Click here for the Ban PLT website.

Sunday 11 December 2016

Amateur satellite

After watching a segment of episode 12 of TX Factor about operating through satellites I thought I would give this a go myself as all I need to do this is a suitable dual-band HT, as all mine are Chinese one would think they wouldn't be suited, as they can do what the offerings from the big names can do then they are fine for the purpose.

The satellite I am interested in, and as noted on the TX Factor episode referred to above, is SO-50, as it has an FM transponder, with uplink on 2-metres and downlink on 70cm, as it would be massively impractical to use the -600kHz split on a satellite due to the size of the cavity filters used at 2-meter repeater sites that achieve this so the signal goes up on 2-metres and comes back down on 70cm, but it isn't that straightforward as the Doppler effect has to be compensated for, programming the HT with the frequencies for the satellite beforehand will save you trouble here, the frequencies for SO-50 and other Amateur satellites are available on the Internet.

Knowing when the satellite is to pass is another thing you need to know, I have already gone ahead and downloaded two pieces of software for this purpose, on my Android phone I have AmsatDroid Free, and for my laptop I have Orbitron, the latter software being mentioned in the same TX Factor episode noted above, and this runs fine on Windows 10, so now I know where SO-50 is at any given time the next bit requires I be able to transmit from my HT through the satellite and my HT's rubber duck antenna simply will not do, for this a Yagi is the best antenna to use, but it needs to be of a design that will work on both bands, the most popular antenna appears to be the "Arrow" antenna, the original of which is actually made from arrows for the antenna elements, and because we're doing cross-band operation we also need a diplexer (this is correct, it is not "duplexer"), which from what I can tell is simply two passband filters, one high-pass for 70cm and one low-pass for 2-metres.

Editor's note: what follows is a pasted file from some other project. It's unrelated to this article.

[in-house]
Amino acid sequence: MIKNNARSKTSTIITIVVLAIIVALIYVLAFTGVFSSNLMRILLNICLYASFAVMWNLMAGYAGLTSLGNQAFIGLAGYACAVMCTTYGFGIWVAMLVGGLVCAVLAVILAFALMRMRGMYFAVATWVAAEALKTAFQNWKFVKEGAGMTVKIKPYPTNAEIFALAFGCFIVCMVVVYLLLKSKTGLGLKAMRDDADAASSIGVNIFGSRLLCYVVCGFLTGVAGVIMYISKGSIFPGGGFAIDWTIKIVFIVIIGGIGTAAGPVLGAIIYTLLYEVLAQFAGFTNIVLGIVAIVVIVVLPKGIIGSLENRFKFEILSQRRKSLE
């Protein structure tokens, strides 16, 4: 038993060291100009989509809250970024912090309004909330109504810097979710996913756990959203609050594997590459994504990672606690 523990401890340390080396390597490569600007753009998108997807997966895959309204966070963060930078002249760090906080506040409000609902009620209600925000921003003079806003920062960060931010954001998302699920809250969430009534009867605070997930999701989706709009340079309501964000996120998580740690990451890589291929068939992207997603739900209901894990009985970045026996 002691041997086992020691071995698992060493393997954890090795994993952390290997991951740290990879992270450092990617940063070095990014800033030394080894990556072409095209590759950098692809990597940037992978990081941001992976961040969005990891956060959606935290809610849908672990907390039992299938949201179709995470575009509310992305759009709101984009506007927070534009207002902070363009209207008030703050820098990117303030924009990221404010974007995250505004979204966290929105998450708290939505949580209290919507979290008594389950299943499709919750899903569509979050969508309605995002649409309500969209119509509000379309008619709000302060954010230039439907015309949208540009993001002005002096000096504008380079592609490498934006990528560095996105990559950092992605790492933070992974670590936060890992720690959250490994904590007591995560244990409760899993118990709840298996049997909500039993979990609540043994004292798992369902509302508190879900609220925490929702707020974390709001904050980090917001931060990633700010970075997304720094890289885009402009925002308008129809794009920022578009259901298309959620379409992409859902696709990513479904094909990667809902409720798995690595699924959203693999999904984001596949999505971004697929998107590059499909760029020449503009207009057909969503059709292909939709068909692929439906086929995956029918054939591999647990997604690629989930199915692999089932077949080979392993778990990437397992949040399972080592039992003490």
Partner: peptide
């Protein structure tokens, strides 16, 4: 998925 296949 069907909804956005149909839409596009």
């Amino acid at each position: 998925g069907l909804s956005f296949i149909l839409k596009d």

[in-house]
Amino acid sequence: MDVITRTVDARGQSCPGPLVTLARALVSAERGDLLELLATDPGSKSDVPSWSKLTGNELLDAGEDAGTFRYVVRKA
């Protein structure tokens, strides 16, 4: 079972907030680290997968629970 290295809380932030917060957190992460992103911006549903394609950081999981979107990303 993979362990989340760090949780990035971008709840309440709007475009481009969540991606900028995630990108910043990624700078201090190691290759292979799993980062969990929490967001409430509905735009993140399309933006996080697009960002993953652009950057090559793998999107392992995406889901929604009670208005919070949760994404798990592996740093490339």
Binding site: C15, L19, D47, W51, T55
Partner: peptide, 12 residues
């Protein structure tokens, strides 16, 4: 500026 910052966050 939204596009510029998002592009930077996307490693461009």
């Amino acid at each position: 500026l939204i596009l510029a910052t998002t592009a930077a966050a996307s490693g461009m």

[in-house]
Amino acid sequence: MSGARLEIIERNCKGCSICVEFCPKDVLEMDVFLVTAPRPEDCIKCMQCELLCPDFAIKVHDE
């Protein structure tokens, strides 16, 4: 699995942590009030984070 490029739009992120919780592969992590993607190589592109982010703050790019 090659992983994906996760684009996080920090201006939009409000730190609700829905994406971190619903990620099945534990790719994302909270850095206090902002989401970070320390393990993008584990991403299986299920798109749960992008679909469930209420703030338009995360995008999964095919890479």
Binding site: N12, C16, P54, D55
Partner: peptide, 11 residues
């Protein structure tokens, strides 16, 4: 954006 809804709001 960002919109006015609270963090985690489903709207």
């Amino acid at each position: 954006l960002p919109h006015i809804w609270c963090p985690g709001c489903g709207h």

The Arrow antennas are not cheap, so in the spirit of Amateur radio it makes perfect sense to build one using bits from the junk box, and from a DIY store (B & Q in my case as it is the closest one to the home QTH), and I like to build rather than buy antennas where I can to save money, and considering that one may simply use their arm to move the antenna with the satellite it needs to be lightweight, wood for the boom would work well here, but if you do use wood it should be varnished to protect it should you be out on that hilltop and the heavens open, waterproofing the coax connections is also advised.

Once you have all the information regarding your chosen satellite, an antenna, a programmed HT, go out and make some contacts, but be aware that satellite QSOs through SO-50 are similar to contesting, usually callsign, location (locator square) and signal reports as the satellite passes for a short duration and is often very busy, listening before keying up is well advised, as is the use of headphones so you can hear the satellite better, also run the radio with an open squelch.

As a foundation license holder I am restricted to 10 watts, as is anyone with a foundation licence, antenna gain may push your actual radiated power beyond this level so dropping the radio to a lower power setting may keep the foundation licencee within their power limits and still legally use the satellite, gain and other such factors are beyond the scope of this blog, and from what I understand SO-50 doesn't need more than 10 watts anyway into it and by the time the signal gets there it probably falls well below that.

Having a second person on hand to assist with the operation may also be a good thing, as they are not transmitting they do not need to be licensed, adding a second pair of headphones for the assistant to help with logging may be a good thing too, the assistant can also help position the antenna leaving you free to carry out the QSOs.

And finally, building the antenna simply requires a search on Google as there is a lot of information on the subject and many designs are available, and you could further this and build the diplexer as commercial ones are about £30+ depending on where you go, and you get the pleasure of building the entire thing yourself if you do, and save money.

I look forward to working some stations through a satellite very soon, just got to get the festive season out of the way first.

73 de M6RSQ

No comments:

Post a Comment

Due to past abuse and the ongoing issues that left me little choice to reduce time on twitter and IRC I have taken the decision to keep comments disabled indefinitely, apologies for this

Note: only a member of this blog may post a comment.